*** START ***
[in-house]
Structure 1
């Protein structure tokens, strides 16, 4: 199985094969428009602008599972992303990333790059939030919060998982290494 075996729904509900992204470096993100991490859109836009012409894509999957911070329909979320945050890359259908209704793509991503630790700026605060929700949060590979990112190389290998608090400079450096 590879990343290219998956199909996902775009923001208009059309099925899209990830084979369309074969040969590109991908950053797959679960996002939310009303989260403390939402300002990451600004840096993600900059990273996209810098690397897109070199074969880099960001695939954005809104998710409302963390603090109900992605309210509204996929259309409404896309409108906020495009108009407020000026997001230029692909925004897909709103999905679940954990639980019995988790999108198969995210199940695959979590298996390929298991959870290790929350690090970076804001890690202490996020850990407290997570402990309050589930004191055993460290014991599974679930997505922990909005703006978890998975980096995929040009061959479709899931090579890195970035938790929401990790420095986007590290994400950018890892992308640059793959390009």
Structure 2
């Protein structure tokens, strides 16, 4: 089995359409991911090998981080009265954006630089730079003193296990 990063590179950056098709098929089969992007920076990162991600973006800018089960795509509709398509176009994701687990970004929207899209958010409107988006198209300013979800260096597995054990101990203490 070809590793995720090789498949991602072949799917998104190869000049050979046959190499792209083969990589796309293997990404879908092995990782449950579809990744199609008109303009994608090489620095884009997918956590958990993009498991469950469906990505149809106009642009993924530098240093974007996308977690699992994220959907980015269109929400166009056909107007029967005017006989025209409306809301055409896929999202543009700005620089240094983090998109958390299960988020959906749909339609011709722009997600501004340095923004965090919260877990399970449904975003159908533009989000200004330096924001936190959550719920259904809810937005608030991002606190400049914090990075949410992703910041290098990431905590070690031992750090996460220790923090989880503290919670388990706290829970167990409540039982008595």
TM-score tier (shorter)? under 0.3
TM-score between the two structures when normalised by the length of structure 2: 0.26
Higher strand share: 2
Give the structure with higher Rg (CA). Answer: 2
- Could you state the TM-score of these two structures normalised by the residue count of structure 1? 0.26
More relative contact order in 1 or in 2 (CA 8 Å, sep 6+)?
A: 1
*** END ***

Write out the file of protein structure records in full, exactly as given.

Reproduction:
[in-house]
Structure 1
């Protein structure tokens, strides 16, 4: 199985094969428009602008599972992303990333790059939030919060998982290494 075996729904509900992204470096993100991490859109836009012409894509999957911070329909979320945050890359259908209704793509991503630790700026605060929700949060590979990112190389290998608090400079450096 590879990343290219998956199909996902775009923001208009059309099925899209990830084979369309074969040969590109991908950053797959679960996002939310009303989260403390939402300002990451600004840096993600900059990273996209810098690397897109070199074969880099960001695939954005809104998710409302963390603090109900992605309210509204996929259309409404896309409108906020495009108009407020000026997001230029692909925004897909709103999905679940954990639980019995988790999108198969995210199940695959979590298996390929298991959870290790929350690090970076804001890690202490996020850990407290997570402990309050589930004191055993460290014991599974679930997505922990909005703006978890998975980096995929040009061959479709899931090579890195970035938790929401990790420095986007590290994400950018890892992308640059793959390009």
Structure 2
């Protein structure tokens, strides 16, 4: 089995359409991911090998981080009265954006630089730079003193296990 990063590179950056098709098929089969992007920076990162991600973006800018089960795509509709398509176009994701687990970004929207899209958010409107988006198209300013979800260096597995054990101990203490 070809590793995720090789498949991602072949799917998104190869000049050979046959190499792209083969990589796309293997990404879908092995990782449950579809990744199609008109303009994608090489620095884009997918956590958990993009498991469950469906990505149809106009642009993924530098240093974007996308977690699992994220959907980015269109929400166009056909107007029967005017006989025209409306809301055409896929999202543009700005620089240094983090998109958390299960988020959906749909339609011709722009997600501004340095923004965090919260877990399970449904975003159908533009989000200004330096924001936190959550719920259904809810937005608030991002606190400049914090990075949410992703910041290098990431905590070690031992750090996460220790923090989880503290919670388990706290829970167990409540039982008595």
TM-score tier (shorter)? under 0.3
TM-score between the two structures when normalised by the length of structure 2: 0.26
Higher strand share: 2
Give the structure with higher Rg (CA). Answer: 2
- Could you state the TM-score of these two structures normalised by the residue count of structure 1? 0.26
More relative contact order in 1 or in 2 (CA 8 Å, sep 6+)?
A: 1